The National Science Foundation awarded a Purdue-affiliated pharmaceuticals startup a $256,000 grant for the group to further its research into groups of molecules that have the potential to combat COVID-19.
Akanocure Pharmaceuticals Inc. plans to use the grant money to research and develop AK-423, “a broad-spectrum antiviral and immunomodulatory agent that is designed to stop the viruses from replicating and aid the immune system in providing an appropriate response,” according to a Purdue News release.
Prior to the pandemic, Akanocure’s primary focus was drug development for people with cancers that are difficult to treat, the release states.
In the spring of 2020, the company received $750,000 from the NSF to further its research, according to a news release from April. The group’s focus, however, has shifted to address the public health crisis presented by COVID-19.
“We felt a moral obligation to help as the world struggles with this deadly pandemic that has claimed lives and economies,” Akanocure CEO Sherine Abdelmawla, a Purdue alumna, in an interview with Purdue News. She earned her doctorate in medicinal chemistry and molecular pharmacology from Purdue, her staff biography on the company's website states.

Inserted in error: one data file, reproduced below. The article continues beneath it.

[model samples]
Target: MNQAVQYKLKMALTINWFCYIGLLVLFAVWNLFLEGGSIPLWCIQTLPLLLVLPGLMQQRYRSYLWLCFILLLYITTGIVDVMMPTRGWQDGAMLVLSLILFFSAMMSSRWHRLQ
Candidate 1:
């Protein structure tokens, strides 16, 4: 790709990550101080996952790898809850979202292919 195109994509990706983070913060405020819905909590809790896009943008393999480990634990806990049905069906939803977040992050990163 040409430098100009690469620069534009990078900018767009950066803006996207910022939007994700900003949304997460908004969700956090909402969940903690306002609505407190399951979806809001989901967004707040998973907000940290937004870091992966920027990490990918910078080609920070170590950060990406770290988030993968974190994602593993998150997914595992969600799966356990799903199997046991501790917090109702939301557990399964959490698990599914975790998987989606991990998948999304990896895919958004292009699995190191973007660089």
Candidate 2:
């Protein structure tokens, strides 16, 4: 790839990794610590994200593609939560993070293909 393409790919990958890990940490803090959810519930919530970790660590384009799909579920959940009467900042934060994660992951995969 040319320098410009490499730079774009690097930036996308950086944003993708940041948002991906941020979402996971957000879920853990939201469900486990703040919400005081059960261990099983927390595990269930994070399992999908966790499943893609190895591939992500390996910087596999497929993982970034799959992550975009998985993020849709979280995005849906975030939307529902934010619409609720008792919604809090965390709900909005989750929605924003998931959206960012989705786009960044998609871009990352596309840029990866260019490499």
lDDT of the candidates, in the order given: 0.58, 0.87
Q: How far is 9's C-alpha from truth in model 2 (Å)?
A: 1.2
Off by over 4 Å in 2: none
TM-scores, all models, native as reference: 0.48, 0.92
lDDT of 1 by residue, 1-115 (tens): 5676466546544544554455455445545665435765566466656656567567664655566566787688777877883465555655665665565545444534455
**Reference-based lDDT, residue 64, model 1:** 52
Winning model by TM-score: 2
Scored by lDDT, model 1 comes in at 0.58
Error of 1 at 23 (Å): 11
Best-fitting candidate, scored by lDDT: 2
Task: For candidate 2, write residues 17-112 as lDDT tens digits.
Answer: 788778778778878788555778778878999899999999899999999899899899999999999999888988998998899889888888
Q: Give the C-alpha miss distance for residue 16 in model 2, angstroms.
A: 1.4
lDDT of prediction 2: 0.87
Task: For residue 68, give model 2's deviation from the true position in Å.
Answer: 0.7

The severity of COVID-19 stems from abnormal immune reactions that wreak havoc on the body and can lead to multi-organ damage, she said.
“In the process of fighting the virus, our body organs get attacked by our own immune system as collateral damage," Abdelmawla said. "An ideal treatment would not only stop the virus from making more copies of itself but would also regulate the abnormal immune response."
Akanocure is located in the Purdue Research Park and received assistance from the Purdue Foundry, a startup accelerator in Discovery Park’s Burton D. Morgan Center for Entrepreneurship in Purdue's Discovery Park.